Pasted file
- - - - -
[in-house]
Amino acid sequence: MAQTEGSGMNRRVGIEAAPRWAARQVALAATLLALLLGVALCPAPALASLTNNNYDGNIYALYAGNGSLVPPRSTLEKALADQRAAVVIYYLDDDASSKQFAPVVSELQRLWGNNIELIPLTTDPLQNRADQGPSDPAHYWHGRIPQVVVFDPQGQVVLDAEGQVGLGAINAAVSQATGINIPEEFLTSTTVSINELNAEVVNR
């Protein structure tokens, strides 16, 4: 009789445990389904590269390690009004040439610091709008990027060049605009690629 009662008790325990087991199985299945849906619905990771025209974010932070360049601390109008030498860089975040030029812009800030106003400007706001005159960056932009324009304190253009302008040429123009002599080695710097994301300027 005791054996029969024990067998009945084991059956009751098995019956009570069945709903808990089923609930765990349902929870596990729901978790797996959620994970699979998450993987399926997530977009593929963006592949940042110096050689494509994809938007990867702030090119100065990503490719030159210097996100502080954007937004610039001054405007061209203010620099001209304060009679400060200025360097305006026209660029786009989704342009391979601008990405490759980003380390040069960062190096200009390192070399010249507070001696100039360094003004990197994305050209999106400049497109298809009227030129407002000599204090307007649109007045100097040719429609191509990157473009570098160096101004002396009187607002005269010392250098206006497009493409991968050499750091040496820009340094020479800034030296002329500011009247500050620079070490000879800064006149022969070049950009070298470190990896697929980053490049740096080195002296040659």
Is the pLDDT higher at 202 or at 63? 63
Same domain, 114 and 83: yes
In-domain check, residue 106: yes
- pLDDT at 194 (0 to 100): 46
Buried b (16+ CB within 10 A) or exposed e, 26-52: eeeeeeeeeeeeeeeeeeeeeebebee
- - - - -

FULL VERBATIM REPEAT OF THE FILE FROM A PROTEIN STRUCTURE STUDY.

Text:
[in-house]
Amino acid sequence: MAQTEGSGMNRRVGIEAAPRWAARQVALAATLLALLLGVALCPAPALASLTNNNYDGNIYALYAGNGSLVPPRSTLEKALADQRAAVVIYYLDDDASSKQFAPVVSELQRLWGNNIELIPLTTDPLQNRADQGPSDPAHYWHGRIPQVVVFDPQGQVVLDAEGQVGLGAINAAVSQATGINIPEEFLTSTTVSINELNAEVVNR
């Protein structure tokens, strides 16, 4: 009789445990389904590269390690009004040439610091709008990027060049605009690629 009662008790325990087991199985299945849906619905990771025209974010932070360049601390109008030498860089975040030029812009800030106003400007706001005159960056932009324009304190253009302008040429123009002599080695710097994301300027 005791054996029969024990067998009945084991059956009751098995019956009570069945709903808990089923609930765990349902929870596990729901978790797996959620994970699979998450993987399926997530977009593929963006592949940042110096050689494509994809938007990867702030090119100065990503490719030159210097996100502080954007937004610039001054405007061209203010620099001209304060009679400060200025360097305006026209660029786009989704342009391979601008990405490759980003380390040069960062190096200009390192070399010249507070001696100039360094003004990197994305050209999106400049497109298809009227030129407002000599204090307007649109007045100097040719429609191509990157473009570098160096101004002396009187607002005269010392250098206006497009493409991968050499750091040496820009340094020479800034030296002329500011009247500050620079070490000879800064006149022969070049950009070298470190990896697929980053490049740096080195002296040659």
Is the pLDDT higher at 202 or at 63? 63
Same domain, 114 and 83: yes
In-domain check, residue 106: yes
- pLDDT at 194 (0 to 100): 46
Buried b (16+ CB within 10 A) or exposed e, 26-52: eeeeeeeeeeeeeeeeeeeeeebebee